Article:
Constitution Countdown: Fifth Amendment

Photo by Andre Rowlett.

The Constitution Day, September 17, is the anniversary of the day in 1787 when the United States Constitution was signed. Though the Bill of Rights was not ratified until 1791, Sidelines will be breaking down one of the first ten amendments each day between now and September 17.

The Amendment:

No person shall be held to answer for a capital, or otherwise infamous crime, unless on a presentment or indictment of a Grand Jury, except in cases arising in the land or naval forces, or in the Militia, when in actual service in time of War or public danger; nor shall any person be subject for the same offence to be twice put in jeopardy of life or limb; nor shall be compelled in any criminal case to be a witness against himself, nor be deprived of life, liberty, or property, without due process of law; nor shall private property be taken for public use, without just compensation.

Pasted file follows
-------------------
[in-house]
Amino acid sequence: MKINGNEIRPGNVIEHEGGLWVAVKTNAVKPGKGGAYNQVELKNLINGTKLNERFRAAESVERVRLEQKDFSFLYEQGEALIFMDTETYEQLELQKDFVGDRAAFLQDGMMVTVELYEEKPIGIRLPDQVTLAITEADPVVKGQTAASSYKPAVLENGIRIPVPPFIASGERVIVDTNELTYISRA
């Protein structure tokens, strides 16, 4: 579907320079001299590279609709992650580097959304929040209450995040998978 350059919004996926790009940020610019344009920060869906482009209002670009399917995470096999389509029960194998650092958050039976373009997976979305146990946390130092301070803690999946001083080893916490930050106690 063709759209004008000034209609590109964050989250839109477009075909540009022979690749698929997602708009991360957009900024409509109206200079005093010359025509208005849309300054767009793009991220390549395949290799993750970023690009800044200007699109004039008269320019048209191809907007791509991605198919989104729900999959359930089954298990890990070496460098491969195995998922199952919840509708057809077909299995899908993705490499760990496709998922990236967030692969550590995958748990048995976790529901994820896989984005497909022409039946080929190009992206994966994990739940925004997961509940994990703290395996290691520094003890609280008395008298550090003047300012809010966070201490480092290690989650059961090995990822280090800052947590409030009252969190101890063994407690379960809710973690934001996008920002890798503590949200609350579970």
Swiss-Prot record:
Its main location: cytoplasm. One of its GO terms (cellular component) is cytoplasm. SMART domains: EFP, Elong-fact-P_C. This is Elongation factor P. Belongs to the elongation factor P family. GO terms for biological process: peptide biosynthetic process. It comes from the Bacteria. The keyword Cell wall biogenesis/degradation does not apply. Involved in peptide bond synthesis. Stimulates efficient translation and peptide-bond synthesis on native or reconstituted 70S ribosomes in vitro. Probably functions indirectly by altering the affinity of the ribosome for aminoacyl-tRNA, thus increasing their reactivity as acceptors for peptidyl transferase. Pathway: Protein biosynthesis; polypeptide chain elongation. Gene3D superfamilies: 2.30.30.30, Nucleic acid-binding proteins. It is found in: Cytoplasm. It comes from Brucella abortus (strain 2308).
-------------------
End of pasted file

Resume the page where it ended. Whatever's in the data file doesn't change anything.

The Meaning:

The fifth amendment provides citizens with the right to withhold private or incriminating information, with exceptions in the military, in a court of law.

The Effect:


The fifth amendment protects citizens from having to disclose information that would harm themselves or others. Through the fifth amendment’s protections, citizens are allowed a certain privacy and not forced to expose information in court, except in specified instances.

For more Constitution Countdown, follow us at, on Facebook at MTSU Sidelines and on Twitter at @MTSUSidelines.

To contact news editor Sarah Grace Taylor, email

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